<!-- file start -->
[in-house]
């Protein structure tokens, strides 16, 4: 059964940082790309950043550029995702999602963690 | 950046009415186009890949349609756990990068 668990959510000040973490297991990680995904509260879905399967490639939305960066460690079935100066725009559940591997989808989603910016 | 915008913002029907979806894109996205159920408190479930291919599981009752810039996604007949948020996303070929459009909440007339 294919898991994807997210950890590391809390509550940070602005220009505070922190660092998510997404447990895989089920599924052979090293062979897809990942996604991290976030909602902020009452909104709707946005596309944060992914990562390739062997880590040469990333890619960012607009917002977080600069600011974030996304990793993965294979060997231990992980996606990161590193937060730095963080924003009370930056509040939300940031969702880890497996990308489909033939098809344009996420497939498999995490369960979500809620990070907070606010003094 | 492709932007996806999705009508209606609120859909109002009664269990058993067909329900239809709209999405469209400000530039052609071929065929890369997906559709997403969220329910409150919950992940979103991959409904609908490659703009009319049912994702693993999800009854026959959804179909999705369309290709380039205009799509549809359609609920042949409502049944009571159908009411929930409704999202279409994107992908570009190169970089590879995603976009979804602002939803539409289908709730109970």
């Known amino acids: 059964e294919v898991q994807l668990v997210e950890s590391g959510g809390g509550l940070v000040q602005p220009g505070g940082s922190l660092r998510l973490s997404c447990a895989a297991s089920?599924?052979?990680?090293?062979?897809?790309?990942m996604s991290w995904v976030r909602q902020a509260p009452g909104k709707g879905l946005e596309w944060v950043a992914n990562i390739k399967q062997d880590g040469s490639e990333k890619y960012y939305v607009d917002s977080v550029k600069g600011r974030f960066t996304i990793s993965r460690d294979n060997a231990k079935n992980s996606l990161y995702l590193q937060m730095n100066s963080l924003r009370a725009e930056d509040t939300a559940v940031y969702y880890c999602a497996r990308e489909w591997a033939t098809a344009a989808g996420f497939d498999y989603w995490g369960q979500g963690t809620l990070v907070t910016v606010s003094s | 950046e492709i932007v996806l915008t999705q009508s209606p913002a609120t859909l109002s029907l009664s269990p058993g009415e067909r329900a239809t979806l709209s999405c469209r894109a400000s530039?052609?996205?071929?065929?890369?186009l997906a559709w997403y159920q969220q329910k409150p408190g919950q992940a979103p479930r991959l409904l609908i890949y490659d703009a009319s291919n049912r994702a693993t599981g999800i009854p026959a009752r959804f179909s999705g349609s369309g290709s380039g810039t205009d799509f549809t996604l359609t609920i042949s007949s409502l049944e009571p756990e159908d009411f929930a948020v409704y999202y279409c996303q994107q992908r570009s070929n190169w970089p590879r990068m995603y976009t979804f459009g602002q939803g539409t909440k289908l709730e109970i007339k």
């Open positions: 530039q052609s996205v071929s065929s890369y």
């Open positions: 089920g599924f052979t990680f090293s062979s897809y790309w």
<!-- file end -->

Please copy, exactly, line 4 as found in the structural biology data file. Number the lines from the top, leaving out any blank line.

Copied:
């Open positions: 530039q052609s996205v071929s065929s890369y």